Meanwhile, Thamani Willson, 42, came to the dumping site because of unemployment. "The place is filthy and risky to our lives. Even though we are in danger, we have no choice because we have to make a living. On average, I make P250 per month," said Willson.  Another litter collector Chandapiwa Ndolo revealed that she was employed by a private litter collecting company to work at the dumping site ever since 2003. The young woman mentioned that her job entails collecting aluminum cans and plastic bottles for recycling.

She said that the first time she arrived at the dumping pit, she never thought she would survive, but adapted because she was a pauper who was desperate to make ends meet. "This place, however, is not a healthy place to be, we are exposed to all forms of dangers in this garbage. Although we get safety gloves, sanitary masks and boots, we cannot spend the whole day putting them on; so we would rather choose not to use them," said Ndolo who at the time had neither a sanitary mask or glove yet she was immersed in the stinking garbage, making her living.

On the whole, the Infection Control Nurse at Nyangabgwe Referral Hospital, Wazha Hlabano stated that the people who work at the refuse dumping site put their lives in danger. "The thing is that when you eat dirt, you can have diarrhoea, your immune system starts to weaken. One is also exposed to hazardous materials," said Hlabano.

She said that there are materials like car batteries dumped there containing acids, further she said the battery acid contains lead, which is poisonous to man's immune system

"At the landfill, there are two types of workers; trained specialists working for the council who know how to protect themselves. Others just come into the area without permission. Some of them work for private companies, while others work for themselves but these are the people whose lives are mostly in danger. For instance, if they eat rotten food, they are exposed to food poisoning. They can also vomit and at times they may lose their lives depending on the complexity of the issue," she said. 

Lorato Charlie, an Environment Health Technician at Nyangabgwe Referral Hospital said that working in a dirty environment is dangerous. "Dirty environments exposes you to sicknesses such as malaria, diarrhoea, cholera and many serious diseases. If a person is infected with these diseases and no intervention is done then the possibility of death becomes higher," said Charlie.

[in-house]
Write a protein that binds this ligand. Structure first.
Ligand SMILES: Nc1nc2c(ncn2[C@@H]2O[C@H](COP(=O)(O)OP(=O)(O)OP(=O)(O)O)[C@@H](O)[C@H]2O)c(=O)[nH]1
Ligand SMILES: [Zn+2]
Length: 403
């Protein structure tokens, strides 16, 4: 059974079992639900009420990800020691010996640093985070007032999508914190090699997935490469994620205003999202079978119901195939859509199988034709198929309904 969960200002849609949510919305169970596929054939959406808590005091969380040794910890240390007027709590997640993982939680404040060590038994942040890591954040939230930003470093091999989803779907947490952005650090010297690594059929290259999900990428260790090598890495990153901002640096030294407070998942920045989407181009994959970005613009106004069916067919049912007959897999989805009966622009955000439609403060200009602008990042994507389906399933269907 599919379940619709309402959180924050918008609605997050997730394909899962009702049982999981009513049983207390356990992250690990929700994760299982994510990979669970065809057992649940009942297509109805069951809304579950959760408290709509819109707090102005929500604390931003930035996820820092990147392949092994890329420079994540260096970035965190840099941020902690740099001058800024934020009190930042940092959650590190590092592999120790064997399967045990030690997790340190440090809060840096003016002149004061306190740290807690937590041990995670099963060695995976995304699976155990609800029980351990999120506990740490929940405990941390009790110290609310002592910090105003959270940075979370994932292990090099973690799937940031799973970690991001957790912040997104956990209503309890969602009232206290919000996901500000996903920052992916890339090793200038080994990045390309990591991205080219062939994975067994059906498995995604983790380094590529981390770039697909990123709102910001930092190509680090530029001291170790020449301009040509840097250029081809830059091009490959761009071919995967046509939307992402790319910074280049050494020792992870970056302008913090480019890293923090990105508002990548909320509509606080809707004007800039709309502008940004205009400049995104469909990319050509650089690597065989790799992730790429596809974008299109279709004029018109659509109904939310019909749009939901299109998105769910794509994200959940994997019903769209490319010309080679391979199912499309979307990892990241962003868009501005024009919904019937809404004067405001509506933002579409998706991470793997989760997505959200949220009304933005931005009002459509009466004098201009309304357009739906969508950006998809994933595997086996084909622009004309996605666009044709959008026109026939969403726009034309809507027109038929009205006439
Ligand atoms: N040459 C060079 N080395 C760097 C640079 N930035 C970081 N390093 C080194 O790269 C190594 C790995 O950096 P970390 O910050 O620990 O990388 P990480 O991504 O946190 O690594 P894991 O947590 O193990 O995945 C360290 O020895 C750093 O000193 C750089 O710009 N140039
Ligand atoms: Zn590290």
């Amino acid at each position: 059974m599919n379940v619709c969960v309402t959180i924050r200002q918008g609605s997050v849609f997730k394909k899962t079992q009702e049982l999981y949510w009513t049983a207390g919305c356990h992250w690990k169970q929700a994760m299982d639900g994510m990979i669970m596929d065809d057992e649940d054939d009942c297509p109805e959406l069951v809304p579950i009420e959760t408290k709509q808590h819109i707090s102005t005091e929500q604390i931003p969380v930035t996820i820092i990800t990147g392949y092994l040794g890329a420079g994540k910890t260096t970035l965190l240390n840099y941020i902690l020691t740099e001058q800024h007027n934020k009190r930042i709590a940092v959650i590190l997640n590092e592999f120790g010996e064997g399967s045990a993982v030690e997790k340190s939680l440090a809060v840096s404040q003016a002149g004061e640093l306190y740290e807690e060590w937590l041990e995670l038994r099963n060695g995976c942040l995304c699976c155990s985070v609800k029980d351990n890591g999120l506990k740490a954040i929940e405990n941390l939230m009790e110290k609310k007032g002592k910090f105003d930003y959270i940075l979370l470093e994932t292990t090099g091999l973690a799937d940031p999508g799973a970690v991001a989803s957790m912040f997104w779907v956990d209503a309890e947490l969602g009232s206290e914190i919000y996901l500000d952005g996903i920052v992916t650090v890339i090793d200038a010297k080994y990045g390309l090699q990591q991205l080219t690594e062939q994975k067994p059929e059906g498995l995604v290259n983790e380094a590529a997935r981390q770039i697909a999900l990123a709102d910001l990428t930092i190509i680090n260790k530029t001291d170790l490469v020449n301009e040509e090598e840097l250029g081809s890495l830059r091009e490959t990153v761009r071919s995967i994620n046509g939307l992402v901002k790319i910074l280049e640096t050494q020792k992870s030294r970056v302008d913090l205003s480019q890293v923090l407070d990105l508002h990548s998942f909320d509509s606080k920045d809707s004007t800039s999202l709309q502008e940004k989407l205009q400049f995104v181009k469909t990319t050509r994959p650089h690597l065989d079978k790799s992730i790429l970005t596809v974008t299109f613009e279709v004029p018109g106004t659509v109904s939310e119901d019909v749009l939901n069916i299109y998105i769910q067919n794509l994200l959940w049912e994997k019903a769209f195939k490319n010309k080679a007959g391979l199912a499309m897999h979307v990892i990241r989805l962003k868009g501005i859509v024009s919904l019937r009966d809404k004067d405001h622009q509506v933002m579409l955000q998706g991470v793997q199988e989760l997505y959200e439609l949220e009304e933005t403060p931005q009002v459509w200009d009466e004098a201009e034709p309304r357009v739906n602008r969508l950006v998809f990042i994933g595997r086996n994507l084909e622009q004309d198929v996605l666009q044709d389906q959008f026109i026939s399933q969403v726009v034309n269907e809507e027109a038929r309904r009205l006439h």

Charlie said that all the domestic and clinical wastes are dumped at the Francistown dumping site. "Our hazardous waste is burned here in the hospital, we then throw it at the dumping site where we bury it under ground. So really we say that people working there unauthorised, must stop it because it is a threat to their lives. We do not want them in there, it is not good and they must not be allowed there," concluded Charlie.

Meanwhile, Francistown City Council (FCC) deputy city clerk, Geoffrey Gare stated that there are two types of employees at the landfill, those operating the landfill and those hired by recycling companies: "Those employed by the council are responsible for the day to day running of the landfill and those hired by recycling companies are responsible for collecting recyclables from the waste. There are known health hazardous diseases associated with waste management such dermatitis and other infectious diseases such as hepatitis B."

However, Gare stated that there are some measures taken to ensure workers' health. "We give them personal protective equipment to protect them from health hazards. There is also a periodic health surveillance to ensure that the workers have not acquired conditions associated with the work environment.  We also ensure good personal hygiene to prevent ill health," said Gare. He also said that there is education about risks involved through proper information, instruction and supervision. She added that they also have immunisation for hepatitis A, B   and tetanus.